Open: From 1 May every day until September 30th
Hours: 10am-6pm
Admission: €7 (concessions also apply)
https://yeatsthoorballylee.org

Thoor Ballylee heads calls for flood relief

As Thoor Ballylee closes for the winter, representatives repeat calls for state intervention on flood relief for South Galway.

The Yeats Thoor Ballylee Society, a community group in south Galway which runs W.B. Yeats’s former retreat at Thoor Ballylee, has appealed for State support for the area as it anticipates fresh flooding this winter, the Irish Times has reported.

Speaking before a fundraising poetry slam event at the tower this weekend, curator Rena McAllen said flooding at the tower last winter did not recede until March.

Ms McAllen is part of a community group that acquired a lease for Thoor Ballylee – a 15th century Hiberno-Norman tower house with what Yeats described as a “winding, gyring spiring treadmill of a stair”– after it was closed by Fáilte Ireland due to flooding in 2009.

During Yeats’ tenure, the Streamstown river would food the building’s ground floor, but the flooding is now more frequent and much higher.

See more in the Irish Times report here.

The Yeats Thoor Ballylee Society is pleased to report that there is no immediate risk of of flooding to the tower and cottages. However the water table in the area is very high, and if rain comes then further flooding is in prospect again this winter.

Thankfully work has been completed on preparing the tower and cottages for the winter. This means that at ground level it has been entirely clear of its exhibitions and all movable goods. Permanent electricity and heating systems were moved above flood height earlier this year.

It is good news that all is dry at present.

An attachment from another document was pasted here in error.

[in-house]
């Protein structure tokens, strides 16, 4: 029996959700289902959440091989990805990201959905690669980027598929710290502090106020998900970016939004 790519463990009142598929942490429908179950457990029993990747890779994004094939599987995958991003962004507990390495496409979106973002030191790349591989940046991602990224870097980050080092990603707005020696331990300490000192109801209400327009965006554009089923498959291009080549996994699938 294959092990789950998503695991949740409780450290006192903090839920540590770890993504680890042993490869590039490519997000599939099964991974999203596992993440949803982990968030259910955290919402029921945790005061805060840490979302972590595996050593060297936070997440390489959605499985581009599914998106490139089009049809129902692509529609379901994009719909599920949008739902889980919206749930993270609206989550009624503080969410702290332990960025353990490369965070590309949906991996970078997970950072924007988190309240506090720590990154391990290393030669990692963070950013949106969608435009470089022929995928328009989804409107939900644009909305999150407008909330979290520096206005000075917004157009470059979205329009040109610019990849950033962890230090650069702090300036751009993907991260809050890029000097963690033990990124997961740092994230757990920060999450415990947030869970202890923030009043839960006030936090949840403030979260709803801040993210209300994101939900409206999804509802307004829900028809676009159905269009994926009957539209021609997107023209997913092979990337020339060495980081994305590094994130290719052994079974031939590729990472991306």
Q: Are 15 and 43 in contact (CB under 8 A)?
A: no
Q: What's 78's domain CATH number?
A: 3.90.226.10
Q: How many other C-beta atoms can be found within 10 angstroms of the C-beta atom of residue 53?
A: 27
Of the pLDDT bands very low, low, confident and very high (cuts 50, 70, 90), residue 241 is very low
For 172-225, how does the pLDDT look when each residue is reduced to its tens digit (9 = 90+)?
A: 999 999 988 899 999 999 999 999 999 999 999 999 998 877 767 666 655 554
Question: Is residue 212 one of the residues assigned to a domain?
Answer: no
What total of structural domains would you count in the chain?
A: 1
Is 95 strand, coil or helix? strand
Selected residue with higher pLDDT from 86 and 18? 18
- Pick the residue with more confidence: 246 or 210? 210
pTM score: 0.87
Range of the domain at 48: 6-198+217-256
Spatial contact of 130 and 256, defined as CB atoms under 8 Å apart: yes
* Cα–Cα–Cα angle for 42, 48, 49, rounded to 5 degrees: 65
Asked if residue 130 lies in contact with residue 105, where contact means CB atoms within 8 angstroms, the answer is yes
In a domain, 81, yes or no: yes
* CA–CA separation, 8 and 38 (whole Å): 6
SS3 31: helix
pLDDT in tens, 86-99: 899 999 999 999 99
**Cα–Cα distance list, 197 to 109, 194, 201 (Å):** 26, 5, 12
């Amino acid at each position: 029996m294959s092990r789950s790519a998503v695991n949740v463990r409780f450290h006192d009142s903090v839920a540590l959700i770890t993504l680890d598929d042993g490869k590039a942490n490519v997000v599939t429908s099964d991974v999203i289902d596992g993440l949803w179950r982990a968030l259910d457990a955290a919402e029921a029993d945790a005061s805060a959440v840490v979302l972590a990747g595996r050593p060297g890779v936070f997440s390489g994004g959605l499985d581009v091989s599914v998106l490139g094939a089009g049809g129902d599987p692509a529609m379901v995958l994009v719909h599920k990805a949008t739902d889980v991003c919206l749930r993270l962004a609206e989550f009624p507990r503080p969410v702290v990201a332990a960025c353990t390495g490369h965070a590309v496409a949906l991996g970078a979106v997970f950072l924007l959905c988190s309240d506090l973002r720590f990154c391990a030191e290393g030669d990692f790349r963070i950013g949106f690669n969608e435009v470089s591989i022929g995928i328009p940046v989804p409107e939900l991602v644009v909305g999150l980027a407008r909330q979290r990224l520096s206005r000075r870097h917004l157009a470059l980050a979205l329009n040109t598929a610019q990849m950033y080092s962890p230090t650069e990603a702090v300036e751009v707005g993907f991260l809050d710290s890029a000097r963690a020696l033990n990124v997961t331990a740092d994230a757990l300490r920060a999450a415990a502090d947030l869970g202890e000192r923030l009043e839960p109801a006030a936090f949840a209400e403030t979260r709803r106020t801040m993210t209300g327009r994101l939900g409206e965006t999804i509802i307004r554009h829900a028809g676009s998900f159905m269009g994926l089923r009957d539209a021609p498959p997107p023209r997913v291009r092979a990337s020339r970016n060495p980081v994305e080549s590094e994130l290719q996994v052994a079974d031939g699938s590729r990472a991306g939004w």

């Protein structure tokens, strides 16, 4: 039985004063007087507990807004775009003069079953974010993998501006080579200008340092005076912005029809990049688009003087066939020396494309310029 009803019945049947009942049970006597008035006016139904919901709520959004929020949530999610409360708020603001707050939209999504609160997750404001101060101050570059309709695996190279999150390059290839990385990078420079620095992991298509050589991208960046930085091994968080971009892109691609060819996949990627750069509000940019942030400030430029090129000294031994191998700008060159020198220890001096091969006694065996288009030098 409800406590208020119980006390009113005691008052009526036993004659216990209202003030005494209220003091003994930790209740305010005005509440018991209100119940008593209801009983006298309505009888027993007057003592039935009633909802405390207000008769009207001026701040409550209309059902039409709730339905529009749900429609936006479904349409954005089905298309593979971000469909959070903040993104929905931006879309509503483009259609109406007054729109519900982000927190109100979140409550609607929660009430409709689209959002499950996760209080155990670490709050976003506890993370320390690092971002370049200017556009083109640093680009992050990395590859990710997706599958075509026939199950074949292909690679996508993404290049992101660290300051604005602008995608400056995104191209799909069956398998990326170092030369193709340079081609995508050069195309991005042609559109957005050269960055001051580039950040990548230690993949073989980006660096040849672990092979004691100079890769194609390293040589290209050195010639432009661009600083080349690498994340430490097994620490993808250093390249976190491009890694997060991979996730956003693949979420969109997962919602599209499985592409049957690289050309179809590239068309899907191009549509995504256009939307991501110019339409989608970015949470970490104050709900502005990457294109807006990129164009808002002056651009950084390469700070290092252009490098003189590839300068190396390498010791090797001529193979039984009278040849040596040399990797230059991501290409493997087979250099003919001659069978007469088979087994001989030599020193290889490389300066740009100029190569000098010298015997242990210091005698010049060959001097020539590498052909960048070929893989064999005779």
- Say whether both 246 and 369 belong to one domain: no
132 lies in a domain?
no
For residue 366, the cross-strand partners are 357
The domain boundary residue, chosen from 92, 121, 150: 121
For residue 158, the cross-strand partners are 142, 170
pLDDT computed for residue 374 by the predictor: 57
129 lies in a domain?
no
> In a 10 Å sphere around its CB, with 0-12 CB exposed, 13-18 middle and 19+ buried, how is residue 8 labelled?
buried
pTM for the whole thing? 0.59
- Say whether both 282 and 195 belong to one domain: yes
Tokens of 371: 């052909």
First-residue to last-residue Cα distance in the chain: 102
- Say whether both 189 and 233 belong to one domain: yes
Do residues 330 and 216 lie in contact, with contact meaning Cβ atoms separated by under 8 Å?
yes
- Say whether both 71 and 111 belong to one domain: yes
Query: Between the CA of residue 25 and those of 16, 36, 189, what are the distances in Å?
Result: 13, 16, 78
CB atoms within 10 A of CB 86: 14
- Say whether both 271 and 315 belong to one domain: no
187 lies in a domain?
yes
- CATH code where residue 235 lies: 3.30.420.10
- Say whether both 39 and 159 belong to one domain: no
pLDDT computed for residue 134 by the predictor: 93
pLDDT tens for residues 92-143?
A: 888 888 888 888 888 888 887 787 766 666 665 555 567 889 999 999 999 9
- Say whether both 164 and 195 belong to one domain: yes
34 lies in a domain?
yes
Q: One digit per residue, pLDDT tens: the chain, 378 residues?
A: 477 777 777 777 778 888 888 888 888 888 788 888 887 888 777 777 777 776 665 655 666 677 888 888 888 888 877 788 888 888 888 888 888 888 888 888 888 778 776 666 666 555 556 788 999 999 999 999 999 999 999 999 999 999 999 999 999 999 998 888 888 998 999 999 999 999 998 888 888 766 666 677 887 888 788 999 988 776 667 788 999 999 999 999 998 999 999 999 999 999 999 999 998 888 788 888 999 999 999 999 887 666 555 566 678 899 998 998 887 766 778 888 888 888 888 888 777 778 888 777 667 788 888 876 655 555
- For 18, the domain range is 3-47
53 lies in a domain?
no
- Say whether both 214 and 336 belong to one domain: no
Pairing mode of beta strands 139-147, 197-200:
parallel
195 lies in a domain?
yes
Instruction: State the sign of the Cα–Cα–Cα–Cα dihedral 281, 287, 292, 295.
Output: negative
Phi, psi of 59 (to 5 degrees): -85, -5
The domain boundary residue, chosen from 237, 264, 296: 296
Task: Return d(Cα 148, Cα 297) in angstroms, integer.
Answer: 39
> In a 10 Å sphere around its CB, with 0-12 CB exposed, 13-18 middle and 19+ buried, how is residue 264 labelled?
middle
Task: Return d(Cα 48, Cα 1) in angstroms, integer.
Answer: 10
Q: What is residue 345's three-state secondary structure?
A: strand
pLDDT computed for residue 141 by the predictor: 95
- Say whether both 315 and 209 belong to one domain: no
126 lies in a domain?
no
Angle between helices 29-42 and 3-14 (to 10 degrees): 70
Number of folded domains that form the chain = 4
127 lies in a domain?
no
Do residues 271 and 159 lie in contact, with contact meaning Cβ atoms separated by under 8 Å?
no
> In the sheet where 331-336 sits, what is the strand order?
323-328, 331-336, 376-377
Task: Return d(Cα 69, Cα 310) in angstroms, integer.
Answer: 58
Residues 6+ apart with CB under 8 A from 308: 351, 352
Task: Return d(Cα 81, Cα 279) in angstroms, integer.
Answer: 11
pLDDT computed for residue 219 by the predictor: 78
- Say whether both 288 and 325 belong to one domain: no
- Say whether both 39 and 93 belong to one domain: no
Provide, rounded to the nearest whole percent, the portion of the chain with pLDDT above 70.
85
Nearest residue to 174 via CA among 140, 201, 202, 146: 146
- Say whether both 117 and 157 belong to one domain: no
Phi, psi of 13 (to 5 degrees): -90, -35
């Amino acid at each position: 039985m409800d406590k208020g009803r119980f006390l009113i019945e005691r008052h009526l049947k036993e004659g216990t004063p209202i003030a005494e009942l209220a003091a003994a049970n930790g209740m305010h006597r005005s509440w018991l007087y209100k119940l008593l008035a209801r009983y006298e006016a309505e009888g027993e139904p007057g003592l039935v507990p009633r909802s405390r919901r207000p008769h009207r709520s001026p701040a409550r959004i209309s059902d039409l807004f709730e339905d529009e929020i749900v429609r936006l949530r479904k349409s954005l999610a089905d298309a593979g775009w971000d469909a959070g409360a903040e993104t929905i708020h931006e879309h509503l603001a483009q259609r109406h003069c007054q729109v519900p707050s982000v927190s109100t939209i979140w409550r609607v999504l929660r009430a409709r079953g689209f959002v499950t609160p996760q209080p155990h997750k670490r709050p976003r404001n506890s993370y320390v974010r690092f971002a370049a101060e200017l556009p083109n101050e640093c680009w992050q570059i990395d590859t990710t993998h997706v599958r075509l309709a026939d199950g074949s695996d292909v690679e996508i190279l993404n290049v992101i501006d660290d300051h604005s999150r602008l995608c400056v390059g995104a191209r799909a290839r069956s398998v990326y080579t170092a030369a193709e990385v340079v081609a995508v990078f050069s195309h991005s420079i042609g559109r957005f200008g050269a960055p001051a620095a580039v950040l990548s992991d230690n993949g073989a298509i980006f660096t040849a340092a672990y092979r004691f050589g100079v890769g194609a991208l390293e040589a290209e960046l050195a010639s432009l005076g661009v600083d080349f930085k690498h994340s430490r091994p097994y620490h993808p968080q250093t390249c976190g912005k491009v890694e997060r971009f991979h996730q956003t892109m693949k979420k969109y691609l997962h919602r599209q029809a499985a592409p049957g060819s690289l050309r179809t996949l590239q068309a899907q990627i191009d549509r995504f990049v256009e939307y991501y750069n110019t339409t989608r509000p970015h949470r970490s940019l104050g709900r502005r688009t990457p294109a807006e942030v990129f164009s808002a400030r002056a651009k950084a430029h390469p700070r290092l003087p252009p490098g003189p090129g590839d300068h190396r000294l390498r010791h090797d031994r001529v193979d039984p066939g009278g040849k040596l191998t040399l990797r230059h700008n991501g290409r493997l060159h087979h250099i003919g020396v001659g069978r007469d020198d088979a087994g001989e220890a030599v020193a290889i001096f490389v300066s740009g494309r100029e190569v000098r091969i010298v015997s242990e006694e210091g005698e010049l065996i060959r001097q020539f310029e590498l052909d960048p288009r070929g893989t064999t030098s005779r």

Still, with flooding increasing year on year, better solutions might be found to relieve the annual uncertainty and the very real cost to livelihoods in the area.

thoor-ballylee-oct-2016-3

Thoor Ballylee October 2016

Yeats’s Women

Yeats’s Women performed by  Dublin trio, Glynis Casson, fellow actor Daniel Costello and renowned Irish Harpist Claire Roche, brought the poetry of Yeats into another dimension last Friday night at Thoor Ballylee.

Yeats Women July 8th 2016

This performance brought to life the fascinating story of Yeats’s women. Featuring original letters, poems, stories, and song, it uncovers in a dramatic interweaving of life and art the artistic collaborations and personal crises which the poet W.B.Yeats experienced together with an extraordinary cast of striking and hugely talented women: his sisters, his lovers, and his remarkable wife George, presiding spirit of Thoor Ballylee.  George Yeats herself would design and paint much of the interior, creating ‘a beautiful house’, and found she could drop a line from the tower window to fish.

Yeats Music 1

The castle walls resounded to the sound of the magnificent Irish harp as  the group delighted a captive audience with tales of W.B’s life, family, friendships, loves lost and won, through music, poetry, drama and song. While sipping wine or juice during  the interval, members of the audience climbed the winding stair, browsed through the exhibitions, strolled in the garden or sat on the ancient bridge. Following a standing ovation  at the end of the show, the cast mingled with the audience, and very positive feedback about the performance and hospitality was shared over tea and brack .
As well as locals in attendance at the sold-out event, the audience also consisted of people from Galway City, Headford, Loughrea, Dublin, and further afield from Germany, New York, Australia, and China. The performance raised a generous sum of money for Yeats Thoor Ballylee Society and its continuing efforts to restore and refurbish Yeats’s historic tower.